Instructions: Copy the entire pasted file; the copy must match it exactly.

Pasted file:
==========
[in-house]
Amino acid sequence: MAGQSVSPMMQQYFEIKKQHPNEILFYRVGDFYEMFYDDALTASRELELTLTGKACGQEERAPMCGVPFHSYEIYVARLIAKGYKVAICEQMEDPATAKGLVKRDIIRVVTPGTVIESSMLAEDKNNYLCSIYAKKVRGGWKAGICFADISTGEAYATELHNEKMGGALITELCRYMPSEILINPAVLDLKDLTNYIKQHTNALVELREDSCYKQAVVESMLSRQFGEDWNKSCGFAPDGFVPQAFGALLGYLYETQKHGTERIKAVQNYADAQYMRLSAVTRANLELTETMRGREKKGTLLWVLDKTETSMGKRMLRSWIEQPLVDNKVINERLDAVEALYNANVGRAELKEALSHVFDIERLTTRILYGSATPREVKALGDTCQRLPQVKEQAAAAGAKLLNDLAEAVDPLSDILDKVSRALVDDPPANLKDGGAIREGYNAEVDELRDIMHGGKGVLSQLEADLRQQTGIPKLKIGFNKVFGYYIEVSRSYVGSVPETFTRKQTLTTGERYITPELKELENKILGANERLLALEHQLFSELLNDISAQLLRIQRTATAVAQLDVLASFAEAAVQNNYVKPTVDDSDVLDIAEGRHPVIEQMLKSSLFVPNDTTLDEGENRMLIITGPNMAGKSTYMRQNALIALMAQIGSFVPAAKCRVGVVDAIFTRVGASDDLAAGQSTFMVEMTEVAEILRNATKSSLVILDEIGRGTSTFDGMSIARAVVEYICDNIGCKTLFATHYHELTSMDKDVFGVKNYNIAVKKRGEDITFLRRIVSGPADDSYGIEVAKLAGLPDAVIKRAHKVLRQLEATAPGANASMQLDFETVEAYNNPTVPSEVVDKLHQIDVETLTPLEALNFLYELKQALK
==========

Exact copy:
[in-house]
Amino acid sequence: MAGQSVSPMMQQYFEIKKQHPNEILFYRVGDFYEMFYDDALTASRELELTLTGKACGQEERAPMCGVPFHSYEIYVARLIAKGYKVAICEQMEDPATAKGLVKRDIIRVVTPGTVIESSMLAEDKNNYLCSIYAKKVRGGWKAGICFADISTGEAYATELHNEKMGGALITELCRYMPSEILINPAVLDLKDLTNYIKQHTNALVELREDSCYKQAVVESMLSRQFGEDWNKSCGFAPDGFVPQAFGALLGYLYETQKHGTERIKAVQNYADAQYMRLSAVTRANLELTETMRGREKKGTLLWVLDKTETSMGKRMLRSWIEQPLVDNKVINERLDAVEALYNANVGRAELKEALSHVFDIERLTTRILYGSATPREVKALGDTCQRLPQVKEQAAAAGAKLLNDLAEAVDPLSDILDKVSRALVDDPPANLKDGGAIREGYNAEVDELRDIMHGGKGVLSQLEADLRQQTGIPKLKIGFNKVFGYYIEVSRSYVGSVPETFTRKQTLTTGERYITPELKELENKILGANERLLALEHQLFSELLNDISAQLLRIQRTATAVAQLDVLASFAEAAVQNNYVKPTVDDSDVLDIAEGRHPVIEQMLKSSLFVPNDTTLDEGENRMLIITGPNMAGKSTYMRQNALIALMAQIGSFVPAAKCRVGVVDAIFTRVGASDDLAAGQSTFMVEMTEVAEILRNATKSSLVILDEIGRGTSTFDGMSIARAVVEYICDNIGCKTLFATHYHELTSMDKDVFGVKNYNIAVKKRGEDITFLRRIVSGPADDSYGIEVAKLAGLPDAVIKRAHKVLRQLEATAPGANASMQLDFETVEAYNNPTVPSEVVDKLHQIDVETLTPLEALNFLYELKQALK